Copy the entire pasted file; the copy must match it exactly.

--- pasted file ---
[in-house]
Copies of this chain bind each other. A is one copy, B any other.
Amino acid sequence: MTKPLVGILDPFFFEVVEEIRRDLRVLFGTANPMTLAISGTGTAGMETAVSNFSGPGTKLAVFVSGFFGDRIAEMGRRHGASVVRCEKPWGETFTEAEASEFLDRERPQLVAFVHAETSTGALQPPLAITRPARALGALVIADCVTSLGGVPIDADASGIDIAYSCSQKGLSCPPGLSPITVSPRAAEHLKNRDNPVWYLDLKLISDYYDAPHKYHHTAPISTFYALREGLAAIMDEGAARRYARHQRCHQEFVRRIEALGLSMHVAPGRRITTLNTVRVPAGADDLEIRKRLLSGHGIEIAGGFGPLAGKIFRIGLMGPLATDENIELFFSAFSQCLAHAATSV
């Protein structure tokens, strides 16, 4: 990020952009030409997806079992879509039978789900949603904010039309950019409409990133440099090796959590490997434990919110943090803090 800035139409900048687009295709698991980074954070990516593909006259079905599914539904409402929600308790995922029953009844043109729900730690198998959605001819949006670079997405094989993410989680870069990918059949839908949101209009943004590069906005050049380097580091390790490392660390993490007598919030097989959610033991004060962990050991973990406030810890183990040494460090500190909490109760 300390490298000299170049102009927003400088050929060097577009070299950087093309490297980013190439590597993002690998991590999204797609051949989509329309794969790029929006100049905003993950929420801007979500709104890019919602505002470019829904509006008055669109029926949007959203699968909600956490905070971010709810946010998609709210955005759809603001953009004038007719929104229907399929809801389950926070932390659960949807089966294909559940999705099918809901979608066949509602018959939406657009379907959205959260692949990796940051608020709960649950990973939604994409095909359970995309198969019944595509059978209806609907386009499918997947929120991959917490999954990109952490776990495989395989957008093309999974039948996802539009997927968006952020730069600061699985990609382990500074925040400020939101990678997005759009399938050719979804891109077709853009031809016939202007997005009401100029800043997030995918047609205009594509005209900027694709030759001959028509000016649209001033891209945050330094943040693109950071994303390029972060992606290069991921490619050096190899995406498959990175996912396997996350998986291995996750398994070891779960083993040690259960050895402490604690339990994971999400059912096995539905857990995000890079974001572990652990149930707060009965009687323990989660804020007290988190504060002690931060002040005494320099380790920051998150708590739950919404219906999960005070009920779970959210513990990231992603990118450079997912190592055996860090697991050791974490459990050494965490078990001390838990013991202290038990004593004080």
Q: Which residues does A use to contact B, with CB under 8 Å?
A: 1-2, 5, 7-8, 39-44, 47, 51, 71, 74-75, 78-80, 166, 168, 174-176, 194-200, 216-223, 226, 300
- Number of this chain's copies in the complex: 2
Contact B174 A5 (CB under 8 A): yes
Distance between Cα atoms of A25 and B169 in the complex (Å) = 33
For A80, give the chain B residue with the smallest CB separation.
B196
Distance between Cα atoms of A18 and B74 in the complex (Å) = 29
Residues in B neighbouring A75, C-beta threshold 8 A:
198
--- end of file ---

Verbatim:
[in-house]
Copies of this chain bind each other. A is one copy, B any other.
Amino acid sequence: MTKPLVGILDPFFFEVVEEIRRDLRVLFGTANPMTLAISGTGTAGMETAVSNFSGPGTKLAVFVSGFFGDRIAEMGRRHGASVVRCEKPWGETFTEAEASEFLDRERPQLVAFVHAETSTGALQPPLAITRPARALGALVIADCVTSLGGVPIDADASGIDIAYSCSQKGLSCPPGLSPITVSPRAAEHLKNRDNPVWYLDLKLISDYYDAPHKYHHTAPISTFYALREGLAAIMDEGAARRYARHQRCHQEFVRRIEALGLSMHVAPGRRITTLNTVRVPAGADDLEIRKRLLSGHGIEIAGGFGPLAGKIFRIGLMGPLATDENIELFFSAFSQCLAHAATSV
């Protein structure tokens, strides 16, 4: 990020952009030409997806079992879509039978789900949603904010039309950019409409990133440099090796959590490997434990919110943090803090 800035139409900048687009295709698991980074954070990516593909006259079905599914539904409402929600308790995922029953009844043109729900730690198998959605001819949006670079997405094989993410989680870069990918059949839908949101209009943004590069906005050049380097580091390790490392660390993490007598919030097989959610033991004060962990050991973990406030810890183990040494460090500190909490109760 300390490298000299170049102009927003400088050929060097577009070299950087093309490297980013190439590597993002690998991590999204797609051949989509329309794969790029929006100049905003993950929420801007979500709104890019919602505002470019829904509006008055669109029926949007959203699968909600956490905070971010709810946010998609709210955005759809603001953009004038007719929104229907399929809801389950926070932390659960949807089966294909559940999705099918809901979608066949509602018959939406657009379907959205959260692949990796940051608020709960649950990973939604994409095909359970995309198969019944595509059978209806609907386009499918997947929120991959917490999954990109952490776990495989395989957008093309999974039948996802539009997927968006952020730069600061699985990609382990500074925040400020939101990678997005759009399938050719979804891109077709853009031809016939202007997005009401100029800043997030995918047609205009594509005209900027694709030759001959028509000016649209001033891209945050330094943040693109950071994303390029972060992606290069991921490619050096190899995406498959990175996912396997996350998986291995996750398994070891779960083993040690259960050895402490604690339990994971999400059912096995539905857990995000890079974001572990652990149930707060009965009687323990989660804020007290988190504060002690931060002040005494320099380790920051998150708590739950919404219906999960005070009920779970959210513990990231992603990118450079997912190592055996860090697991050791974490459990050494965490078990001390838990013991202290038990004593004080």
Q: Which residues does A use to contact B, with CB under 8 Å?
A: 1-2, 5, 7-8, 39-44, 47, 51, 71, 74-75, 78-80, 166, 168, 174-176, 194-200, 216-223, 226, 300
- Number of this chain's copies in the complex: 2
Contact B174 A5 (CB under 8 A): yes
Distance between Cα atoms of A25 and B169 in the complex (Å) = 33
For A80, give the chain B residue with the smallest CB separation.
B196
Distance between Cα atoms of A18 and B74 in the complex (Å) = 29
Residues in B neighbouring A75, C-beta threshold 8 A:
198